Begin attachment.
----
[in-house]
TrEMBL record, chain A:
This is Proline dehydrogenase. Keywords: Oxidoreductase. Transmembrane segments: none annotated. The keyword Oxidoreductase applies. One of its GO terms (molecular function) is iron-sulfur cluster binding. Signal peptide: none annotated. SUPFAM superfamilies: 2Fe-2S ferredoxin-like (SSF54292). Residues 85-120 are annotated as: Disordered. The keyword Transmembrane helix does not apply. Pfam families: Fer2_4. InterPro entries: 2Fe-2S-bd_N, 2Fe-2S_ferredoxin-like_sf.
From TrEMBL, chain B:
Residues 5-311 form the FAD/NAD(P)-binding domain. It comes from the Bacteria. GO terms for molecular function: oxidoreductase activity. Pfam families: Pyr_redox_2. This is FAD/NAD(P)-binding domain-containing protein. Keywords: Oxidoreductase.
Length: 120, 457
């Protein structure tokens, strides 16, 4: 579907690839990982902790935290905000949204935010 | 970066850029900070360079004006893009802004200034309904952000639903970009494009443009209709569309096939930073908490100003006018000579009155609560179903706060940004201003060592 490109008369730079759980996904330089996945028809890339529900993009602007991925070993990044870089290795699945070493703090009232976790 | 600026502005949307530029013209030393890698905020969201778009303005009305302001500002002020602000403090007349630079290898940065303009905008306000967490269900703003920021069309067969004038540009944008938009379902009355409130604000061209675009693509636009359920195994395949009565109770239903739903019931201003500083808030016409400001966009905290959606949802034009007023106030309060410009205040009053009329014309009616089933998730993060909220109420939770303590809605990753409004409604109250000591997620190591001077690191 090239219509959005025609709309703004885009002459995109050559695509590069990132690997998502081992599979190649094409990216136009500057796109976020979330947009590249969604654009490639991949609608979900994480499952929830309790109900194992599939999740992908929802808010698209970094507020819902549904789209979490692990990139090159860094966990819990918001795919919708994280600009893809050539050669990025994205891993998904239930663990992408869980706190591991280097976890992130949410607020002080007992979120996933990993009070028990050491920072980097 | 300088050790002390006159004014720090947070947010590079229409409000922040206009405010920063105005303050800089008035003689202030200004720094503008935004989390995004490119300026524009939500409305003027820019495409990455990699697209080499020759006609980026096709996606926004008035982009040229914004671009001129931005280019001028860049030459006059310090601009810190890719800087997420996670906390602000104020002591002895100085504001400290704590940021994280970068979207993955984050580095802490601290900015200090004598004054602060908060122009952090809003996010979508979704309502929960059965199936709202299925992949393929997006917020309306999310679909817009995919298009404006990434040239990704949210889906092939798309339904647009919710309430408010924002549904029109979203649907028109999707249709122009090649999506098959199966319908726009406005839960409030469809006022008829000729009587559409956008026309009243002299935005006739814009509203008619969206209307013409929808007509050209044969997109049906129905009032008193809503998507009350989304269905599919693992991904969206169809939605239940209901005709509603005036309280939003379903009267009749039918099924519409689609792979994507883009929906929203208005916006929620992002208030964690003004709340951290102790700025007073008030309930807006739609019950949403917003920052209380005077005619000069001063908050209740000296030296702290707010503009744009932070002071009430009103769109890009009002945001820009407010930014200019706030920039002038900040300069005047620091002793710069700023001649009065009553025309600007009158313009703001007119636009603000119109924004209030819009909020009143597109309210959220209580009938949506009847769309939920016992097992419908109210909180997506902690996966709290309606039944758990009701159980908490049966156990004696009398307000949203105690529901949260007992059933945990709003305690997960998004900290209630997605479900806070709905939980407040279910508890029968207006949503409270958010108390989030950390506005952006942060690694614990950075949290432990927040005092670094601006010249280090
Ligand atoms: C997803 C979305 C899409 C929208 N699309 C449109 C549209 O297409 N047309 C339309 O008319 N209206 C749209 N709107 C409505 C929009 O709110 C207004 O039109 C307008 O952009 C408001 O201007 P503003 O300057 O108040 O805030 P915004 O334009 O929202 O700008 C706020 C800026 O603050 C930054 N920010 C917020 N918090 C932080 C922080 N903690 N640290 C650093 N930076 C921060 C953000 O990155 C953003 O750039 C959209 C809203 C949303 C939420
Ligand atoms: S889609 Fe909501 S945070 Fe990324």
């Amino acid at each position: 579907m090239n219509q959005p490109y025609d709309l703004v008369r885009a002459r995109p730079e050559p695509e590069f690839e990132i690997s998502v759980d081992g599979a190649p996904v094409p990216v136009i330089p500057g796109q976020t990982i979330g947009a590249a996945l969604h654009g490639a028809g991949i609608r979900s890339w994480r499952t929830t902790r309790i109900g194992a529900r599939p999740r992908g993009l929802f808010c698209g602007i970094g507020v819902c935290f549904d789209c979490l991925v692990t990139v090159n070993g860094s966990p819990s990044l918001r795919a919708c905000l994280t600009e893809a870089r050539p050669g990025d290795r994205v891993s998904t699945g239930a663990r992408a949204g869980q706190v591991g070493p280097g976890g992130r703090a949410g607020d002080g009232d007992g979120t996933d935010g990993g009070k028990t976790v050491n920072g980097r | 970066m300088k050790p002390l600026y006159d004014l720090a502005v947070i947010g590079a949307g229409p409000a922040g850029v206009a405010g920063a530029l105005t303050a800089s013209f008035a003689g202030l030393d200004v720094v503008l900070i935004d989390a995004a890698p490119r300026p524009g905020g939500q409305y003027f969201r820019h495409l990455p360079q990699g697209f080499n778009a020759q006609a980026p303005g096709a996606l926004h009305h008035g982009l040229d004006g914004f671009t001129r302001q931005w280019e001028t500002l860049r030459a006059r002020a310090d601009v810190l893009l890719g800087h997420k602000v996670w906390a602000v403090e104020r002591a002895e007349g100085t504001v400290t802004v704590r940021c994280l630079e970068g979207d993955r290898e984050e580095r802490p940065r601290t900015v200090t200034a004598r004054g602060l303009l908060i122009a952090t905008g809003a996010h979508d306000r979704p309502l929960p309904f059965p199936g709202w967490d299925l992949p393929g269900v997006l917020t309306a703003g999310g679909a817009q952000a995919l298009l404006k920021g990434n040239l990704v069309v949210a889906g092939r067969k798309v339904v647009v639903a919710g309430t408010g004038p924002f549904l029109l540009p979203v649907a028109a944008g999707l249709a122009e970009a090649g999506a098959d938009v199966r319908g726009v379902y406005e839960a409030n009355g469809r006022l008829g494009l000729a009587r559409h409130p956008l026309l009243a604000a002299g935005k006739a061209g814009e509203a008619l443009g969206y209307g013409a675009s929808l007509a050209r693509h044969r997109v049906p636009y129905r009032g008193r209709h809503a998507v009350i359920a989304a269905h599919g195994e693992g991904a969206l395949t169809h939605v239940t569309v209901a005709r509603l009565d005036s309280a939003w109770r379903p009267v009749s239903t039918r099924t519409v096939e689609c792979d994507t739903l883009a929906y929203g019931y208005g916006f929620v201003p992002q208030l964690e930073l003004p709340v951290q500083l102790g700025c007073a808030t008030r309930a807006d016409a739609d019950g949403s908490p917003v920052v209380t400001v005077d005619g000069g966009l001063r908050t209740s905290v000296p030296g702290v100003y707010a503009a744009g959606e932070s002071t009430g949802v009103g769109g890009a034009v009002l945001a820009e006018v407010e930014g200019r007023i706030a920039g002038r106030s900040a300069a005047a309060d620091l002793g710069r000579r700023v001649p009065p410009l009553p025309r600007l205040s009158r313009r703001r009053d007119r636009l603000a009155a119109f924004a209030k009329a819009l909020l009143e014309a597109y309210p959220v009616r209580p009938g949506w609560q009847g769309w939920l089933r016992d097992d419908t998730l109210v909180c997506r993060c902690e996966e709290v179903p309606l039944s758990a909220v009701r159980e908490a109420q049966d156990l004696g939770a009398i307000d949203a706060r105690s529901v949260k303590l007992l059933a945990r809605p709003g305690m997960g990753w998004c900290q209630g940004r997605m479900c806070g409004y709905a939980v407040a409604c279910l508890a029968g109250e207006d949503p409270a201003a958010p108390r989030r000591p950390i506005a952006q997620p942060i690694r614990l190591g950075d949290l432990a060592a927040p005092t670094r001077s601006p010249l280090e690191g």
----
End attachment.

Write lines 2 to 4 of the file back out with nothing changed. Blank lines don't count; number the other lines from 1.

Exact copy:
TrEMBL record, chain A:
This is Proline dehydrogenase. Keywords: Oxidoreductase. Transmembrane segments: none annotated. The keyword Oxidoreductase applies. One of its GO terms (molecular function) is iron-sulfur cluster binding. Signal peptide: none annotated. SUPFAM superfamilies: 2Fe-2S ferredoxin-like (SSF54292). Residues 85-120 are annotated as: Disordered. The keyword Transmembrane helix does not apply. Pfam families: Fer2_4. InterPro entries: 2Fe-2S-bd_N, 2Fe-2S_ferredoxin-like_sf.
From TrEMBL, chain B: